My first camera had a viwefinder on the left-hand side, so now I always look through my left eye whilst shooting. As a consquence I always have to carry a tissue in my kit bag to wipe the noseprint from the back of my camera.

maybe a solution for those of us who encounter this problem could be to hold the camera upside down -- though I haven't tried it myself yet
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Paul Sumi
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« Reply #56 on: January 28, 2010, 05:46:38 PM »
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Quote from: lowep
maybe a solution for those of us who encounter this problem could be to hold the camera upside down -- though I haven't tried it myself yet

A bit awkward to press the shutter release...  

Paul
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lowep
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« Reply #57 on: January 30, 2010, 04:04:34 PM »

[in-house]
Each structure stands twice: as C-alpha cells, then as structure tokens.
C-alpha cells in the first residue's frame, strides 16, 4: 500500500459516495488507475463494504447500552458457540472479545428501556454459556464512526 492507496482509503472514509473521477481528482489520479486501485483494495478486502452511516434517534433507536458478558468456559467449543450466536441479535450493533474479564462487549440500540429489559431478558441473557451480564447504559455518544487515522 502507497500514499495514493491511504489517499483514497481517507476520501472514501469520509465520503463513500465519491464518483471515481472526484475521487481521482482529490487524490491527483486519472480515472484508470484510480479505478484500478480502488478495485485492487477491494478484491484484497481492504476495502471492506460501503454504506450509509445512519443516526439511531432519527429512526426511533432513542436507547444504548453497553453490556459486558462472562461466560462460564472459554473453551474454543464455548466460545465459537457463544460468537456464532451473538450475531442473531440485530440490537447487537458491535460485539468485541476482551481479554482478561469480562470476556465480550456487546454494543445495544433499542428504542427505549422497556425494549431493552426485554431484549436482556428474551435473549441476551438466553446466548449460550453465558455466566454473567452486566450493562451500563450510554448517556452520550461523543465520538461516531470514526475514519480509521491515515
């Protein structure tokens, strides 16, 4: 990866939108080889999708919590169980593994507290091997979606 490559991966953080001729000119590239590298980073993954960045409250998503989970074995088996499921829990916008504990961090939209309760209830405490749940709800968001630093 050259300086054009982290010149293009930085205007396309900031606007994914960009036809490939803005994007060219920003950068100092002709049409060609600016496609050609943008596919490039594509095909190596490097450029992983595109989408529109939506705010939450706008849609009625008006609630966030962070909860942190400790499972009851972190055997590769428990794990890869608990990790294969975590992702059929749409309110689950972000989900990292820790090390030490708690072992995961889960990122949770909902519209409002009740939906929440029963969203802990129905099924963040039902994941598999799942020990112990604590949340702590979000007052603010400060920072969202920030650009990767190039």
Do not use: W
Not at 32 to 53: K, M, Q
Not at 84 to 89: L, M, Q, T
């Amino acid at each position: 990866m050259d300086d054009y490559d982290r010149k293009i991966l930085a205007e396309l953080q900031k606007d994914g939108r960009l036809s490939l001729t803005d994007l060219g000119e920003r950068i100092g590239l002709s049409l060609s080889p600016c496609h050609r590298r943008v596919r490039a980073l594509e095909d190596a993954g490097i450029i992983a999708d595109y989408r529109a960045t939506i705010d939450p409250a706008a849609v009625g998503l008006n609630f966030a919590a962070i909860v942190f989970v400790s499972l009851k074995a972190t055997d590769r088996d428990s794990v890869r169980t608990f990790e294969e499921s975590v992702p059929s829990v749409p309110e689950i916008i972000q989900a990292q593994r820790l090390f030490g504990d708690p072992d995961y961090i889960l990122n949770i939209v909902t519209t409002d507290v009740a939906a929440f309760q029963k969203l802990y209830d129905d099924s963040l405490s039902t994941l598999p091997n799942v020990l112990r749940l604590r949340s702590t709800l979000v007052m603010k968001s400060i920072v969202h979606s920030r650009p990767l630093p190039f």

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Quote from: Paul Sumi
A bit awkward to press the shutter release...  

Paul

you could use your toe
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Ray
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« Reply #58 on: January 30, 2010, 11:08:11 PM »
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Quote from: lowep
you could use your toe

What's the matter with you guys! Are you just being silly?

No need to use your toe. I just stepped outside my house and took a shot of my immaculate lawn, with camera upside-down, left eye fixed to the viewfinder, nose completely unencumbered, and left thumb on the shutter.

No worries!, as they say in Australia. Beautiful shot, including the mango tree as well.

[attachment=19882:lawn.jpg]
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Eric Myrvaagnes
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« Reply #59 on: January 31, 2010, 08:06:59 AM »
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And for the benefit of those who never viewed an image on a view camera's ground glass, there's an easy way to invert the resulting image. Just stand on your head while holding the camera upside down, which will make it right side up to the rest of the world. Except, of course, in Oz, where you will have to ...  

Eric

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-Eric Myrvaagnes

http://myrvaagnes.com  Visit my website. New images each season.